Welcome to Week Six (B) in How To Study the Bible series! (To begin the series click here.)
This article continues the discussion about word and verse studies in Mark 10. After understanding how to do a verse study from the previous post, we will now move into doing a word study.
How to do a Word Study
To go even deeper into the meaning of a passage, we need to understand the actual words.
1) Observe the word in several different translations.
2) Look up the original meaning of the word in Greek or Hebrew. Don’t stop reading!! Amazing tools exist and I’ll explain them in the next section. For now, just keep reading…
3) If your word is a verb, take note of the tense, voice and mood of the word. Keep reading…
4) List and look up the other verses in Scripture where the same word or root word is used in the same way (noun, verb, etc).
5) List observations from your research. With the definition from #2 informed by your cross-references from #4, pencil a definition.
6) Return to the word-under-study in your Scripture passage. How does your new understanding of the word better inform your interpretation of the verse?
Before we do an actual word study, I want to introduce a couple new tools…
Tools: Concordance and Lexicon
Words carry different meanings to different people. Word choices of a translator may convey an unintended meaning to us as readers.
We need to read the words in their most original language. We ought to know the meaning that the original author sought to convey before it’s translation to Latin, German, or the King’s English to today’s English language.
But…alas…I do not speak ancient Greek, Hebrew or Aramaic.
Enter Theologian James Strong (1822-1874). He is my hero. Strong numbered all of the words in the Bible based on their Greek or Hebrew origins. So when a word repeats, it has the same number as in it’s first appearance in the texts of the Scriptures.
A concordance is an alphabetical listing of the root words in Scripture along with chapters & verses where the words occur. It’s an index. An exhaustive concordance truly includes all of the words. Many concordances also include brief definitions of the words.
James Strong’s Exhaustive Concordance, hence, is a list of all the root words in the Old Testament and the New Testament.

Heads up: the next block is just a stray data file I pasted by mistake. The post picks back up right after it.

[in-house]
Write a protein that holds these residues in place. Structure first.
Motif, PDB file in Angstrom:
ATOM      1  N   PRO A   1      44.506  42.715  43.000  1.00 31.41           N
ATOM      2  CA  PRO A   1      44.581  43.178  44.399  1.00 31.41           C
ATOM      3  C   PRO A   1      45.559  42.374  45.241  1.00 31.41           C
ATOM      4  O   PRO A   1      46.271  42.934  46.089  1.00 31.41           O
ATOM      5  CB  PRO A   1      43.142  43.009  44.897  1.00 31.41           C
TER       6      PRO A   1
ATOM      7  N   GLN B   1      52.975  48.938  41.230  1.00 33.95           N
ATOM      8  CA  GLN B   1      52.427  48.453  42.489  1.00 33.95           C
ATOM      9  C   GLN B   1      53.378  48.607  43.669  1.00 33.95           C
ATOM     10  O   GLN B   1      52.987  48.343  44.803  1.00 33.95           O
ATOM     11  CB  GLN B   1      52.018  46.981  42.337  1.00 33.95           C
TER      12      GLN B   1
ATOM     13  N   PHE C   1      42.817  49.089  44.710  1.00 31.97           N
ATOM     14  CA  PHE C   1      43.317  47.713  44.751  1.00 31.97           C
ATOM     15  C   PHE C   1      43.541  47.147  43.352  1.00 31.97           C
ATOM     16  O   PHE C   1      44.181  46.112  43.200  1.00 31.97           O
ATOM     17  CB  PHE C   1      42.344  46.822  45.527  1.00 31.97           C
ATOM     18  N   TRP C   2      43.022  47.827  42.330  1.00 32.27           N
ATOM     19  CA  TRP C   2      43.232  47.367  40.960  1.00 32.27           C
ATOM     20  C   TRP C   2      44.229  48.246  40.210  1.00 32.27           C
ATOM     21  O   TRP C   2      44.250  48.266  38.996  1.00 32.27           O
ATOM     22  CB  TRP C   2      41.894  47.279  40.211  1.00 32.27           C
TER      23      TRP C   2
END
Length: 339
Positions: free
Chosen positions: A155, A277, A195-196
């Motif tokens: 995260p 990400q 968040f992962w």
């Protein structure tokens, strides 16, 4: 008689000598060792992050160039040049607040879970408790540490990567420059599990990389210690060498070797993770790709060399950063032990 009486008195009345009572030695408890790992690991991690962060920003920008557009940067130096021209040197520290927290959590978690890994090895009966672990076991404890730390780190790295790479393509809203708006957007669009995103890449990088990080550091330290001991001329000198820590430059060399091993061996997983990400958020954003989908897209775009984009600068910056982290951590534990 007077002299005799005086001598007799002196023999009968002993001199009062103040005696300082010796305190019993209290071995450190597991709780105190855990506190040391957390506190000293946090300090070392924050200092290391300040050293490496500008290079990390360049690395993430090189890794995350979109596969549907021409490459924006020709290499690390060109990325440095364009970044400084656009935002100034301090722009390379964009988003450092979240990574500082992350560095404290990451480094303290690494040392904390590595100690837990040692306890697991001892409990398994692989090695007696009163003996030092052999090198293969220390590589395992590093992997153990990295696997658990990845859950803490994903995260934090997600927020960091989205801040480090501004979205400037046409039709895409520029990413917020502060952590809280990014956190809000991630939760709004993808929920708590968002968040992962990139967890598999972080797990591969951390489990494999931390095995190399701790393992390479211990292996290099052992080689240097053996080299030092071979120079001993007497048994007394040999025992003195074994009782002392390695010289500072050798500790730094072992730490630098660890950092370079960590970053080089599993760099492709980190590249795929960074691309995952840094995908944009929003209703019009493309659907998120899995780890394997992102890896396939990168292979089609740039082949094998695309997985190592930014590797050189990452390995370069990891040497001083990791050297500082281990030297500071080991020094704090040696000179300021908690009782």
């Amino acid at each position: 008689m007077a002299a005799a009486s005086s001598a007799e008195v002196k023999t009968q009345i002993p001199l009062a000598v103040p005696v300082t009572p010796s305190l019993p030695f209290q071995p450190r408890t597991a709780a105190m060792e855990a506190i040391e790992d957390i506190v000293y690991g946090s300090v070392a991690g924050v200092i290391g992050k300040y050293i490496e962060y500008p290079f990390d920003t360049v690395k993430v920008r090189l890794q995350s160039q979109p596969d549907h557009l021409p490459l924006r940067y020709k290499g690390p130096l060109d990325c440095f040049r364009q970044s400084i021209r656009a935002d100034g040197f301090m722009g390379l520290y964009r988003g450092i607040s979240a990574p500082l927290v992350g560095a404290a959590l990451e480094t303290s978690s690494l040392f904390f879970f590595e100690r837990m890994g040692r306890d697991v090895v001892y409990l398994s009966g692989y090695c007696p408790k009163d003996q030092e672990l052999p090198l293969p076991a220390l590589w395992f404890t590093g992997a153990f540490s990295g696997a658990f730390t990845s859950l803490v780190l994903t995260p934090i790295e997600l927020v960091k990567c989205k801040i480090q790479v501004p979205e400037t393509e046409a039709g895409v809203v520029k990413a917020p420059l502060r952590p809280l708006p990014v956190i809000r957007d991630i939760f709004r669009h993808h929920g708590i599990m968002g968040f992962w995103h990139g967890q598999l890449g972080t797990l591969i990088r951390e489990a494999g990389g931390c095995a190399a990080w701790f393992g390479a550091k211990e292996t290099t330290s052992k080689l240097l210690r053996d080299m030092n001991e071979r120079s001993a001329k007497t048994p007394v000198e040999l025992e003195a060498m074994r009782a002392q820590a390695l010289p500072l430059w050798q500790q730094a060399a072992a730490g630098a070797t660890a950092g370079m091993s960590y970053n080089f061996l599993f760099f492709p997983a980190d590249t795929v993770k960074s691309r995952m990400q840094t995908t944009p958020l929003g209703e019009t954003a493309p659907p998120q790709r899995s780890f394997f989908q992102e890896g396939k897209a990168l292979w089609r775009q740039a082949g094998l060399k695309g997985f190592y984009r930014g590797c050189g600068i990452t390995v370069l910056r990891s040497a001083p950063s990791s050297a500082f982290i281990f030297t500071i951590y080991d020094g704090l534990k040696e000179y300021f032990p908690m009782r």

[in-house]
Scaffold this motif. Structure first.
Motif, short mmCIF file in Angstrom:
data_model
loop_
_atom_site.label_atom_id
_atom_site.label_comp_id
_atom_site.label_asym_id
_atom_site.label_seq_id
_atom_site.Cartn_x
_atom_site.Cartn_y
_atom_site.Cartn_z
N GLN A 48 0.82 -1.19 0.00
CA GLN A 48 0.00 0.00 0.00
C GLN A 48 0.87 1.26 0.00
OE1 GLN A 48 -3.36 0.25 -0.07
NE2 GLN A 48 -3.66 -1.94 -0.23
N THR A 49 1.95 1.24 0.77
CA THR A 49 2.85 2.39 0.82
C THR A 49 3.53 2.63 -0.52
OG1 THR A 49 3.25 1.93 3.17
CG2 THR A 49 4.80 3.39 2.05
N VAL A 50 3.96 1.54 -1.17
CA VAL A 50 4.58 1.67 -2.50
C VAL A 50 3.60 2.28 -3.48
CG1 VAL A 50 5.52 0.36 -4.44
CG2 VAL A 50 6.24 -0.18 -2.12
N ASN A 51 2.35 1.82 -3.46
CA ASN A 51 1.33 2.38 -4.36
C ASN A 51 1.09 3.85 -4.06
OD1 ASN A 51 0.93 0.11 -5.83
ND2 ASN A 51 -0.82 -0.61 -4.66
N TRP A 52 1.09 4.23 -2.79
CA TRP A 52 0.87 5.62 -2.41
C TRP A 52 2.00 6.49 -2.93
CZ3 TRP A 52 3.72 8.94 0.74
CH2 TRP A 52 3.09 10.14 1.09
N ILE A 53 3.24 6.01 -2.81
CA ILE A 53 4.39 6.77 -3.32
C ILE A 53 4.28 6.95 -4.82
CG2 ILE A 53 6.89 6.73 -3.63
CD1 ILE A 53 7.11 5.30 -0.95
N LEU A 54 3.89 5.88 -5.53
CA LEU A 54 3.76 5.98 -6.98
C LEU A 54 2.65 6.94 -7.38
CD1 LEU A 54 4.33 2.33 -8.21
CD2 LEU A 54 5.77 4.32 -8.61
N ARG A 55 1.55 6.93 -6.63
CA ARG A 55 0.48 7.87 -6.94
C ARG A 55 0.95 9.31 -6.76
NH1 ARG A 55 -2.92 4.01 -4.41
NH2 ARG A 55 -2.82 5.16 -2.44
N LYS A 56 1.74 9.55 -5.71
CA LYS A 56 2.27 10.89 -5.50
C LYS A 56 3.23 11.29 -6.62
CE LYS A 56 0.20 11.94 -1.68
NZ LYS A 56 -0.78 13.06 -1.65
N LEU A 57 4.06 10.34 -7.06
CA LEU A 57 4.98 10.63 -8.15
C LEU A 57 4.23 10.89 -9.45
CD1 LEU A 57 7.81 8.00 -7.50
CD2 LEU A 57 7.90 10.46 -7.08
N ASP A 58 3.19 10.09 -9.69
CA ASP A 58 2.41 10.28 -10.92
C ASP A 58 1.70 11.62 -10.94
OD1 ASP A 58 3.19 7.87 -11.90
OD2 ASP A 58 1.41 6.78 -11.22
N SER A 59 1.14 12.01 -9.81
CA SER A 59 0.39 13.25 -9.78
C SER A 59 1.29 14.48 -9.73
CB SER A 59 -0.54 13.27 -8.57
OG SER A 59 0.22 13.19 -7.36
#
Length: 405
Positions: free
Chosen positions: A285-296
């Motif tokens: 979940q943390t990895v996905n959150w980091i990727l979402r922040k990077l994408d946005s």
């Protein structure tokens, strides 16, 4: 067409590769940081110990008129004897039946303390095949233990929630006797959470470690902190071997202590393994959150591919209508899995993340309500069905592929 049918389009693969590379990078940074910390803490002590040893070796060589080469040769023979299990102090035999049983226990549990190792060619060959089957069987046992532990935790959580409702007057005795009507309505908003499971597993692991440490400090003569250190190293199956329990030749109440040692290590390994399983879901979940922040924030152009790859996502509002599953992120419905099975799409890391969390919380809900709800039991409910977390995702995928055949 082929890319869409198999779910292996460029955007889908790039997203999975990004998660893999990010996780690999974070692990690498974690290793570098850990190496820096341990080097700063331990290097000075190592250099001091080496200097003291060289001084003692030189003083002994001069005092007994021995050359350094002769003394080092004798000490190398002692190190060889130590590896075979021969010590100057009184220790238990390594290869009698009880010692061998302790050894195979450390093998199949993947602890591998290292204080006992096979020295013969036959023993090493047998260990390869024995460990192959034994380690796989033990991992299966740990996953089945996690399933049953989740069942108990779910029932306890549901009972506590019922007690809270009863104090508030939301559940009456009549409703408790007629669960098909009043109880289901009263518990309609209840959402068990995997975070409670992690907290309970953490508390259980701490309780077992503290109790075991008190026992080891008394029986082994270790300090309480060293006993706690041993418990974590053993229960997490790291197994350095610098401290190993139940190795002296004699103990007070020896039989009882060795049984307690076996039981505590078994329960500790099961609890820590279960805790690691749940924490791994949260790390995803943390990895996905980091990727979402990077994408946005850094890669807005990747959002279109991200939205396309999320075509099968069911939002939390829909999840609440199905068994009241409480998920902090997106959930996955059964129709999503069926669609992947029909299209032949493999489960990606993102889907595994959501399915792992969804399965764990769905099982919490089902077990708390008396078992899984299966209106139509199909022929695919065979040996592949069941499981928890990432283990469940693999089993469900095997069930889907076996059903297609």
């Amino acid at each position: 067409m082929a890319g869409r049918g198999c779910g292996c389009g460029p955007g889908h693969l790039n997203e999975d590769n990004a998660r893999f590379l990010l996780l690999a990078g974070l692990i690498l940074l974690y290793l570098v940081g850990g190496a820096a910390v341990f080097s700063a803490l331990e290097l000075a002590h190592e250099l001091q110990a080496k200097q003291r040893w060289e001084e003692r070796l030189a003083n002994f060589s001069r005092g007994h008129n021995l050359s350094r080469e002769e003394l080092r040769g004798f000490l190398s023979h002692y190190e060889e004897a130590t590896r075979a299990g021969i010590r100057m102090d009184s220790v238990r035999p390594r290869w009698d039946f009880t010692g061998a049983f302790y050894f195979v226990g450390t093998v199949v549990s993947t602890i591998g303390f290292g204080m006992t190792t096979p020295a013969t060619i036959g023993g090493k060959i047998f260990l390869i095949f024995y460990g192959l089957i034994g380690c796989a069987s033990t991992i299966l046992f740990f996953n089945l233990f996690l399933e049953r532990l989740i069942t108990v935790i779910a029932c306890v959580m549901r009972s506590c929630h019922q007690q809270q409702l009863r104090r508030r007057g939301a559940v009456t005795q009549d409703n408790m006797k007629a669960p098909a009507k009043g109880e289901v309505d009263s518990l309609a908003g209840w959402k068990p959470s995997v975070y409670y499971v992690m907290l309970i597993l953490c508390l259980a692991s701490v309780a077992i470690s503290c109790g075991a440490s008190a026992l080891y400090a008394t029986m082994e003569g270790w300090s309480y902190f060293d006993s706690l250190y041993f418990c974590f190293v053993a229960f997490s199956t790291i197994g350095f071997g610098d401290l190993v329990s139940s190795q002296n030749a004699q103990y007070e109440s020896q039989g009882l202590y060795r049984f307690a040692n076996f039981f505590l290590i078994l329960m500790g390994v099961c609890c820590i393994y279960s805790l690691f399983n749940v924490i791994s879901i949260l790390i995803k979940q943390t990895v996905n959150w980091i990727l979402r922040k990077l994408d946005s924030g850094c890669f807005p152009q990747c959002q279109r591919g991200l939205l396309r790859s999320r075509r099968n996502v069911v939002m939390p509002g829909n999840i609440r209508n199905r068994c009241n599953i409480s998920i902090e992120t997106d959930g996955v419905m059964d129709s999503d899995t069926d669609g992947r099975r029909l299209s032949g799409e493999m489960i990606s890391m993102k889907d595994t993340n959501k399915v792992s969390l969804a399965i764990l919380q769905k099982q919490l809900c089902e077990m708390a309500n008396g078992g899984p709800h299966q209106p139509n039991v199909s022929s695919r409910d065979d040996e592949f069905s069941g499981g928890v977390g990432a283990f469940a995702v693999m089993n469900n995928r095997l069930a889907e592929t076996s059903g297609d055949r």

A lexicon is the dictionary of the words of the Bible. Because most concordances only provide a brief definition (almost like synonyms), a lexicon must accompany its use.
Let’s get to it…
Word Study of “Serve”
1) Read 10:45 in several translations. As noted in the previous post, the verb “to serve” is translated differently by Biblical scholars. Read in the NIV, KJV, and CEV.
2) Go to Biblios. Choose Mark 10:45 in the top left drop-down menus. Next, click on the light blue “Interlinear” tab in the middle of the page. Voila!! You are now a Greek scholar!!
The page includes five lines of text: Strong’s number, transliterated Greek (word in English letters), Greek word, English word, grammatical notation:
Click on the Strong’s number (1247) to see an abbreviated definition along with several additional resources. Do you see the short definition is “I wait at table, serve”? The phonetic spelling even instructs how to pronounce it.
Scroll down to Thayer’s Greek Lexicon on the page. You may exclaim “This is Greek to me!!” Indeed it is…but let’s decipher!
Thayer’s Lexicon gives four definitions for diakoneó. Our verse (Mark 10:45) is listed among the references in the first definition. This is where we will now focus…not the other definitions.
3) Our word “serve” (Strong 1247), as it occurs in our verse of study, is a verb used in active voice first and then in the passive voice.
4) Cross-references: our word “serve” is used exactly in the passive form only in Matthew 20:28, according to Thayer’s Lexicon. The word, however, also appears in Luke 22:26, John 12:26, Acts 19:22, Philemon 1:13.
A couple points to keep in mind as you look-up the references:
- Note any changes in verb tenses (for example, an imperative or command verb in one verse should not alter the present tense interpretation in another verse).
- Note changes in authors. The Holy Spirit is indeed the inspiration for the Scriptures. The personalities and passions of the apostles, however, emerge in the letters that they penned.
5) My observations and ponderings:
- I learned that Strong 1247 (diakoneó) as used in Mark 10:45 is all about serving/helping/ministering unto others…nothing is expected in exchange. Unlike Thayer’s definition #4 which has the additional sense of serving one another mutually.
- I glimpsed diakoneó in the followers of Christ in Acts 19:22 and Philemon 1:13. Paul uses a form of our word-for-study to describe the ministry of Timothy, Erastus, and Onesimus.
- I would define diakoneó as a profound selflessness and deep concern for others
6) My understanding of “to serve” as used in Mark 10:45 is now so much richer! Our Lord Jesus Christ became fully human to reach us…not for anything in return. No additional honor or glory. As a lowly tradesman from a small rural village, Jesus lived and died true to his divine purpose.
I want to be like Timothy, Erastus, and Onesimus. When my time comes and I stand before my Lord, I hope the word diakoneó is among the words used to describe my life.
1) Do a word study of “ransom” from Mark 10:45.
2) Read the blog series How to Properly Use Strong’s Concordance. It offers excellent step-by-step guidance on Strong’s concordance as well as important insights on how not to use the resource.
3) Interested in hard copy resources to do word studies? Spiro Zodhiates’ Complete Word Study New Testament and the Complete Word Study Dictionary NT (along with the Old Testament volumes) are invaluable!